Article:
April 7 - San Vito and Golfito
I returned to the same airport pond, trying again for the Yellowthroat. I caught a glimpse of a White-throated Crake, and had Common & Purple Gallinule, but no warblers. I then found a large marshy area at the far end of the airport. Where the main road veers right there is a dirt road to the left that goes around the grassy field known as the airport. At the far end you can park and there is a trail into a large marshy area. Someone had trimmed the vegetation along a canal, and I was able to walk in for several hundred meters. At the end of a canal I pished up a Masked/Chiriqui Yellowthroat. On the way back were about 4 or 5 Mourning Warblers, a Gray-Crowned Yellowthroat, and Pale-breasted Spinetails. I drove down the steep road to Golfito, arriving about 8:30. Golfito is a rather run-down town that stretches for several kilometers along the waterfront. I took a wrong turn and went around the far side of the small airport, arriving at a small reserve with a trail into the forest. I walked in and spent an hour, hearing possible Wood-Quail scurrying off and "peeping" and finding a Charming/Beryl-Crowned Hummingbird and Eye-ringed Flatbill. It was hot and humid, and I left, finally finding the forest road on the far side of the duty-free zone, described in Dennis' bird finding guide. I hit a bad patch after less than 2 km, and decided to reverse, park and bird by foot for about 30 minutes. It was nearly noon, and I returned to town, looking for a hotel. Someone in a trip report mentioned seeing Spectacled Owl outside the Hotel Gran Ceibo on the outskirts of town, so I stayed there for 6000 colones with a fan (10,000 for A/C), but no hot water, not really needed in this climate. I tried the Sendero Lecheria road. This is reached by driving around the fenced duty-free zone, and going past the forest road turn off to the police station, and going right across a bridge. This goes into second growth flanked by a large marshy area on the left. It was supposed to be a spot where the Orange-Collared Manakin was "common" according to Patrick O'Connell. Not one was seen or heard on my 2 visits there, but I had a great look at White-throated Crake, and I whistled in a Little Tinamou, also giving me a great look. I ate at the hotel restaurant and tried for the owl several times at night, but no luck. I reached 310 species.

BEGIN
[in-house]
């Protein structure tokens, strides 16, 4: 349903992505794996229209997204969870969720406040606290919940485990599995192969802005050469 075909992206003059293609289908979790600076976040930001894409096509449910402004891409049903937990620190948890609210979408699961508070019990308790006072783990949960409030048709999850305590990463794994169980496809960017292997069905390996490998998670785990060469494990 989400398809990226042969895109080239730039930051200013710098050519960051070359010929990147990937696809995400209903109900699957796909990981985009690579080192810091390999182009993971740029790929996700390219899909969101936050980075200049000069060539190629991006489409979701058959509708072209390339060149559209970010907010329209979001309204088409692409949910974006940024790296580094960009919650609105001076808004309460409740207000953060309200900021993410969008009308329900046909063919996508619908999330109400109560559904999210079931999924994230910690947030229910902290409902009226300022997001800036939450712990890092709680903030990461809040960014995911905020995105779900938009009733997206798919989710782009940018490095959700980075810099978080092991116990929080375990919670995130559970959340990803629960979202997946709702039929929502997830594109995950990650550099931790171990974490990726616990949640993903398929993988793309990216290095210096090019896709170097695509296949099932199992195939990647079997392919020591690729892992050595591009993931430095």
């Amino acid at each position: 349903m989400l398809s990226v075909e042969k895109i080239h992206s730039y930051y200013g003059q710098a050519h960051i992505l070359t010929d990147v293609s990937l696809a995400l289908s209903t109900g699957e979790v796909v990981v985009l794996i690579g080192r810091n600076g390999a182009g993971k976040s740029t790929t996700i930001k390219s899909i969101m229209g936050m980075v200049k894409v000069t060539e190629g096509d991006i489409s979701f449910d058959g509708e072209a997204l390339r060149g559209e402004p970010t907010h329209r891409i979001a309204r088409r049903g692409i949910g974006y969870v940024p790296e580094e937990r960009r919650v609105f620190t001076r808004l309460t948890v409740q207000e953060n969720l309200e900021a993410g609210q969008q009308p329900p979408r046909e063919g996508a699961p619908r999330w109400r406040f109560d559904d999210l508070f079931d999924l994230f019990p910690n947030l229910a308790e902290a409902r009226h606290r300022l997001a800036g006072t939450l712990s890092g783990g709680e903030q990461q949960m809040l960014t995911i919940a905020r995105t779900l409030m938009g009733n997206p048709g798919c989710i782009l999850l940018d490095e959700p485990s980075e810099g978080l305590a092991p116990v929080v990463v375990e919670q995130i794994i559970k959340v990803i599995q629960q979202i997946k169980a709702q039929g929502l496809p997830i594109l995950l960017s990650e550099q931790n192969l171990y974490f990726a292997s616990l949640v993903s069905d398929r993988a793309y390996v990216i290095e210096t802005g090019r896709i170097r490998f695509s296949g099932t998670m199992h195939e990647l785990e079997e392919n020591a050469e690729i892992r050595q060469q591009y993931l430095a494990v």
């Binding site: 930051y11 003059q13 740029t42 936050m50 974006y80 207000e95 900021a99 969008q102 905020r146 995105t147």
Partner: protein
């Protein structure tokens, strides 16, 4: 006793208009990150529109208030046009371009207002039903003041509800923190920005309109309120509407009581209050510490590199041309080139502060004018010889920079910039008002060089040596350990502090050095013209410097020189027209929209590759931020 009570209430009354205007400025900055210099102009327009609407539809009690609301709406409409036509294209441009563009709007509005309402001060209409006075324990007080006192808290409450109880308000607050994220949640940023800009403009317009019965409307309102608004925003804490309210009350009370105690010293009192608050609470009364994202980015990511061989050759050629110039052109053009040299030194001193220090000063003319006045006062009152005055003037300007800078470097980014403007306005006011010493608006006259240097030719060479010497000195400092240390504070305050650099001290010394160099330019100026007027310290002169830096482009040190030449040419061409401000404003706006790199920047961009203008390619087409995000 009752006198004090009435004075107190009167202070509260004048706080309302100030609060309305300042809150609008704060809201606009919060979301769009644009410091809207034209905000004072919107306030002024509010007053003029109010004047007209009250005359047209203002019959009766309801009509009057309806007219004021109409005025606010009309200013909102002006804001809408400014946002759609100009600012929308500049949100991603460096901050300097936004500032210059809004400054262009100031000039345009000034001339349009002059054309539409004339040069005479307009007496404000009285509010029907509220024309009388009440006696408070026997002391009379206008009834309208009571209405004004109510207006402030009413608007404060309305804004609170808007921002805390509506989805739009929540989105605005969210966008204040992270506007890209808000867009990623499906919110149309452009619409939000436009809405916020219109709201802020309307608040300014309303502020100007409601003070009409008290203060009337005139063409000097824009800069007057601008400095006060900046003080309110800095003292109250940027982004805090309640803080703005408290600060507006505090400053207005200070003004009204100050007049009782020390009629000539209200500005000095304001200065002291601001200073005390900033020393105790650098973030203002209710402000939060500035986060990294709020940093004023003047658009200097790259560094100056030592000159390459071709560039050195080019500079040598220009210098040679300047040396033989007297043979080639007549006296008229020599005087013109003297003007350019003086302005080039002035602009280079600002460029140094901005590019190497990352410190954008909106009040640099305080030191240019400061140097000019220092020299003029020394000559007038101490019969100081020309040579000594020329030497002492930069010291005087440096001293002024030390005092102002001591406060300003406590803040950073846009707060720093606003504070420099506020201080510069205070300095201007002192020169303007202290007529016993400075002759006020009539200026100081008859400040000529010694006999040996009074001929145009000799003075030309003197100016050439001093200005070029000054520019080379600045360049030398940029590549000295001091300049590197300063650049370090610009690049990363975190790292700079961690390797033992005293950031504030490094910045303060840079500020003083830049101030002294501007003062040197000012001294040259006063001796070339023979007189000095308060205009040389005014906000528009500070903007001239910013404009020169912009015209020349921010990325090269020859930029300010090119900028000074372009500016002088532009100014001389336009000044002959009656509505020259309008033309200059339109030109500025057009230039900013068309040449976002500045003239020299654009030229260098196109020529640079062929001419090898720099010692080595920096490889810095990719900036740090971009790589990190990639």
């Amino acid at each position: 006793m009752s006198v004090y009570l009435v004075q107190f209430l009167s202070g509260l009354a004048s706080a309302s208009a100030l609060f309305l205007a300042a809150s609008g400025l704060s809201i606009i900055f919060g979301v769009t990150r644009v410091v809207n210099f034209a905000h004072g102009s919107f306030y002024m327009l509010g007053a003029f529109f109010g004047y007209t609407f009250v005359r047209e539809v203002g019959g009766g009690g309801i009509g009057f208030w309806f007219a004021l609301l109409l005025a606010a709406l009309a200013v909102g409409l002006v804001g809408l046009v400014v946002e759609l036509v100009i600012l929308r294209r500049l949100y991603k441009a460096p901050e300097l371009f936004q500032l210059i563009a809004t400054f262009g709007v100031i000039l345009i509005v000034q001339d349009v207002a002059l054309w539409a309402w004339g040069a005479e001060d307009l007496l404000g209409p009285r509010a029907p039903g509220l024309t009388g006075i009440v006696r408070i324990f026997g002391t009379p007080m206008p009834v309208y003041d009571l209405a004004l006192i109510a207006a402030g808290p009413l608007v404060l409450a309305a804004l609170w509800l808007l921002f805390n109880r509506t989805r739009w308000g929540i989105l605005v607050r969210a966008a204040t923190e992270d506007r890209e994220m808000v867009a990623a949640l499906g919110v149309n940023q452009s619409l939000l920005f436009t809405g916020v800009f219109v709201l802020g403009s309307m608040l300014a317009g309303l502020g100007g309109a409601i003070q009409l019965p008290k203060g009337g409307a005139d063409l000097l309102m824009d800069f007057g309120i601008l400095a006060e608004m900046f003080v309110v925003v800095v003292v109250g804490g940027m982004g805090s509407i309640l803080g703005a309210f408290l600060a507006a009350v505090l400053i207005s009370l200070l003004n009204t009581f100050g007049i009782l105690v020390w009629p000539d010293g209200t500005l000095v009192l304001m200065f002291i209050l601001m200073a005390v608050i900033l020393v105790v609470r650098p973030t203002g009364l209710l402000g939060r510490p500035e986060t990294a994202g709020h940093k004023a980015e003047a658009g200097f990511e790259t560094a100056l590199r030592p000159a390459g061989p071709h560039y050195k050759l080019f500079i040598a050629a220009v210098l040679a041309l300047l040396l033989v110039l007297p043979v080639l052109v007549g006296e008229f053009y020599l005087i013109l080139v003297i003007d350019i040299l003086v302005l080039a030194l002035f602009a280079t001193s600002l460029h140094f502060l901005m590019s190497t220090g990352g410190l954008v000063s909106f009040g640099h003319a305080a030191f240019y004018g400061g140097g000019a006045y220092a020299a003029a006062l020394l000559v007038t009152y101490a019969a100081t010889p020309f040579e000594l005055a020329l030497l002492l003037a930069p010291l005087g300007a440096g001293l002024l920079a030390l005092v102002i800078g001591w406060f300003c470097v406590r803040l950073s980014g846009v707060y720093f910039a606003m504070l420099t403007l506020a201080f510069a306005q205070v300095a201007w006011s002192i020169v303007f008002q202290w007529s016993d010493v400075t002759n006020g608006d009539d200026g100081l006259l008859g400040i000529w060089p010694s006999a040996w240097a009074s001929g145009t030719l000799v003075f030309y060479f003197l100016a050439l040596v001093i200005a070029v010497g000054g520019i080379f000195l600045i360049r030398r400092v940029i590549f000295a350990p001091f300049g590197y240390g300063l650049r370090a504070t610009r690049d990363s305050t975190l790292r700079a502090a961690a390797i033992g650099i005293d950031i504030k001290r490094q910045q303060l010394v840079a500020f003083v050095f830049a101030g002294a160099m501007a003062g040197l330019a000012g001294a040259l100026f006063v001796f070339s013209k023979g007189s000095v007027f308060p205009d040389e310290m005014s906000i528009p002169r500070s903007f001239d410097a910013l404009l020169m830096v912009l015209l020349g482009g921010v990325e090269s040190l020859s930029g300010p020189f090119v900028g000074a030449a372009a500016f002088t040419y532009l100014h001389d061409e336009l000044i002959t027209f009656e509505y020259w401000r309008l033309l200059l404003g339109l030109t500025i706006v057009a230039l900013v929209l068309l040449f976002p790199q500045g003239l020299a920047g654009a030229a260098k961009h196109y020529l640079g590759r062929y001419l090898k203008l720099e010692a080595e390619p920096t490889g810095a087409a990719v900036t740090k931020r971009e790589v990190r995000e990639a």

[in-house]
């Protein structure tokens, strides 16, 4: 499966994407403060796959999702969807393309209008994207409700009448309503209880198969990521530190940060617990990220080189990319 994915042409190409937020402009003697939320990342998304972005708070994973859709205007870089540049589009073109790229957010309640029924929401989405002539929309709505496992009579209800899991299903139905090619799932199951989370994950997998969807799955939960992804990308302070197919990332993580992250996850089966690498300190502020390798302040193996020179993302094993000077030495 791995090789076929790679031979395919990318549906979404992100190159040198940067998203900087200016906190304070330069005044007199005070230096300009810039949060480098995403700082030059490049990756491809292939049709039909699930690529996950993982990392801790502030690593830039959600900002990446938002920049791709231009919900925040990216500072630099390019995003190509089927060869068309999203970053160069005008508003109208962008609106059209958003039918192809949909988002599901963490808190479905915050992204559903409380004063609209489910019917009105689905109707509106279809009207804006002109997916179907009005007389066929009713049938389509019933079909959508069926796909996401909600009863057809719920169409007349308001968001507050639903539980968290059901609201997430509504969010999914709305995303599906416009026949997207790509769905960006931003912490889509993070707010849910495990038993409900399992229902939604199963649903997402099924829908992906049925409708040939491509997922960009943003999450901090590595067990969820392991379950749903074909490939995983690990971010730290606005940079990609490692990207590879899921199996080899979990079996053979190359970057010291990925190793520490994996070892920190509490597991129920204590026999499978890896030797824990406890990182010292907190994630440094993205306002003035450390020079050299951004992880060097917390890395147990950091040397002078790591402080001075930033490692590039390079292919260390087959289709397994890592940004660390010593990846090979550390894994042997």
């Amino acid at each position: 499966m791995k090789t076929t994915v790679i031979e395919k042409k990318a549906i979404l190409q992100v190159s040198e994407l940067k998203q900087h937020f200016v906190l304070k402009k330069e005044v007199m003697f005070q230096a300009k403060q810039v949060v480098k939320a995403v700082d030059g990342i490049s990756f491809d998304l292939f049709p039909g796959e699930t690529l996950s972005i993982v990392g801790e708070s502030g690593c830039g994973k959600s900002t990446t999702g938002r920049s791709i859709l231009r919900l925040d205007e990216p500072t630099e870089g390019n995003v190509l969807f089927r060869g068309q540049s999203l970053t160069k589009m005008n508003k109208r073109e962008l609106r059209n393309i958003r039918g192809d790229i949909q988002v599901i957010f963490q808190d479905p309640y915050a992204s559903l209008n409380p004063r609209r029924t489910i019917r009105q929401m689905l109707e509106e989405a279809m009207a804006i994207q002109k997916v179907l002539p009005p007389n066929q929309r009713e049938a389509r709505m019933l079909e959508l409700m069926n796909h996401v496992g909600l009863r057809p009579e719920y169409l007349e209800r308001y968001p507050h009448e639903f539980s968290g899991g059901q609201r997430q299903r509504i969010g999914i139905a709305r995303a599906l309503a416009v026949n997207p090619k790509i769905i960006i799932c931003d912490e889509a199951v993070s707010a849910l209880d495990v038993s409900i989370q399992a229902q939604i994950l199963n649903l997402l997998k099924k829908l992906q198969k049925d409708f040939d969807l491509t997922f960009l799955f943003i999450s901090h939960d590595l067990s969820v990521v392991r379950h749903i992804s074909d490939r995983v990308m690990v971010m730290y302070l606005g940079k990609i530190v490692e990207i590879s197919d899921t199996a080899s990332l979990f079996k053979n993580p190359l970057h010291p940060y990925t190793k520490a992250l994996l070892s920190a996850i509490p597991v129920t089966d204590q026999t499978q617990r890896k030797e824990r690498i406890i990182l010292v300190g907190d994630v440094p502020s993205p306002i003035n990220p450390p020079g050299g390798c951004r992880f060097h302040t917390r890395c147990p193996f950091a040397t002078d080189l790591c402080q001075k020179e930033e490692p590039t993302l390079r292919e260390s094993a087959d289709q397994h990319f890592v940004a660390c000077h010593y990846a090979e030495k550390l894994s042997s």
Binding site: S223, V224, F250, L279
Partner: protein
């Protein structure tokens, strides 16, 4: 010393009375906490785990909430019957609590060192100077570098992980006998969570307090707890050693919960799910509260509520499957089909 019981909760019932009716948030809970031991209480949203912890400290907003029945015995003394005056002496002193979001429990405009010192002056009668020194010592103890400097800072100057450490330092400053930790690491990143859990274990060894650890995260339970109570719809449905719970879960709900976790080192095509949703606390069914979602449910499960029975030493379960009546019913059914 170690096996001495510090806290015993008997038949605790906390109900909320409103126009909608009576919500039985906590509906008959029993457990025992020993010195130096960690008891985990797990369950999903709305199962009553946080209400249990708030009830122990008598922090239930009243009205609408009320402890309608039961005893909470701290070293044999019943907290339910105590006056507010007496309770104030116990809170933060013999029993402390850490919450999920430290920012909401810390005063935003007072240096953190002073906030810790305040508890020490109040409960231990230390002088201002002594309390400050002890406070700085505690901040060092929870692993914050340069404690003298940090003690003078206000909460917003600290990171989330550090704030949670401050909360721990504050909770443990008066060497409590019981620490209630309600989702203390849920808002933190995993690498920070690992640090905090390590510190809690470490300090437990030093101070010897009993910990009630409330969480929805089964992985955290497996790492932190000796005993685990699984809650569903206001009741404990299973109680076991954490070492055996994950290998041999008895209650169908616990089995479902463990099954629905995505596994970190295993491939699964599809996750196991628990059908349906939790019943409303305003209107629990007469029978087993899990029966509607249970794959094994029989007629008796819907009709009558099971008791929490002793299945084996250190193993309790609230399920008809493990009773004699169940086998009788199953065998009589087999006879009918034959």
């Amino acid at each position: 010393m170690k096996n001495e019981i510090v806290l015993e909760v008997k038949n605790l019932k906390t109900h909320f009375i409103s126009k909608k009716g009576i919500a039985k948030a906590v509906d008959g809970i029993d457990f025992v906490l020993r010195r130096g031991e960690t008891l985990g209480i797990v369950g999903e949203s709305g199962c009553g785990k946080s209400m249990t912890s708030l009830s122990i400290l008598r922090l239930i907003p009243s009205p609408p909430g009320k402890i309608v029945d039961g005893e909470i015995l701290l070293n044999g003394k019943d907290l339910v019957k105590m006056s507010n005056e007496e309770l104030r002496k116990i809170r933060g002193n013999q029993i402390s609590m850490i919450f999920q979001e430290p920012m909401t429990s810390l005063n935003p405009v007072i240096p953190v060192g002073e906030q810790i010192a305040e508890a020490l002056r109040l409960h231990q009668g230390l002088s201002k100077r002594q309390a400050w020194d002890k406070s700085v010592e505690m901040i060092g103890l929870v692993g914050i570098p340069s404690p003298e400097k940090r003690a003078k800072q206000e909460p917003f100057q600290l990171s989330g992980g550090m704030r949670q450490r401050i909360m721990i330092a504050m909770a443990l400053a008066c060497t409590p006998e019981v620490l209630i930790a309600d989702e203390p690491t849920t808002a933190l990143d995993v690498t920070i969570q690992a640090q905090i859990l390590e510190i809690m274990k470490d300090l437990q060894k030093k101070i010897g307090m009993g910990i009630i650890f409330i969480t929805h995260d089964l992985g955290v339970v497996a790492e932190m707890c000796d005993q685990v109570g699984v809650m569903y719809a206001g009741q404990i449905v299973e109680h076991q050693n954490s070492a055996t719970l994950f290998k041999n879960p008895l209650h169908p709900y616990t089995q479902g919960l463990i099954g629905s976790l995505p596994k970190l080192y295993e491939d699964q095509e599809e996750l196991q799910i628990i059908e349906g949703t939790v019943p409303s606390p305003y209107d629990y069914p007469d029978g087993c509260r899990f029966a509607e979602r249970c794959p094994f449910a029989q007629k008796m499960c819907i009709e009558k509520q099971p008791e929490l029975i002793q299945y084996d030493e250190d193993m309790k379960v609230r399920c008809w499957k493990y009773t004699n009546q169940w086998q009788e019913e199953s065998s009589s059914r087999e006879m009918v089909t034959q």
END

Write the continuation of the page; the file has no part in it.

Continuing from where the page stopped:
April 8 - Golfito and drive to Osa
I drove up the Tower Road, not that far from the hotel. It's a dirt road to the right, just past a football field and a small creek called Quebrada 3 km. It reaches the towers after 8 km. Patrick's trip report said he had the Ant-Tanager near the top. Not me. I spent an hour or two along the road, trying a tape, but didn't see much, other than a spectacular view of the gulf. However, 1 or 2 km from the top there is a large open area on the right with a gate. It looked like construction was going on, with some square pits that could be potential foundations. There was a large flowering tree with long pod-like yellow flowers with hummingbirds. I had a female, then a male White-crested Coquette, somewhat backlit. When I moved for better light I could not relocate either, but there were many of these yellow flowering trees in the area. About half a km down the main road I found another female Coquette. There were also Charming and Snowy-bellied Hummingbirds. I left the Tower Road at 11 and made a second attempt on the Sendero Lecheria, seeing little of note - no manakin! I drove out of Golfito to the main highway, then west, and went left on the road that said Golfito 12 km, which is the other side of the forest road I gave up on the previous day. This was rough but passable, and I drove in 8 km. It was getting cloudy and started raining around 4 PM, cutting short my birding there. This has good forest habitat, and I heard the manakins "clicking" but couldn't see them. Interesting was the rufous-naped race of the Gray-chested Dove. I drove to Rincon de Osa on the Osa peninsula, about halfway to Puerto Jimenez. Be careful on this road. It is in good condition for about 10 km, then when you've been lulled into security and a high driving speed very nasty potholes appear. I arrived at the Cabanas Golfo Dulce around dusk, where there was a group of kayakers staying and fishing. Wood-rails could be heard calling from the mangroves. The cabanas were 5000 colones for a basic room with shared cold shower; they also have rooms with private bath. Showers are a pipe from the ceiling. There is a restaurant at the beginning of the "town", such as it is, but the cabanas people cooked me a chicken dinner for 1500 colones.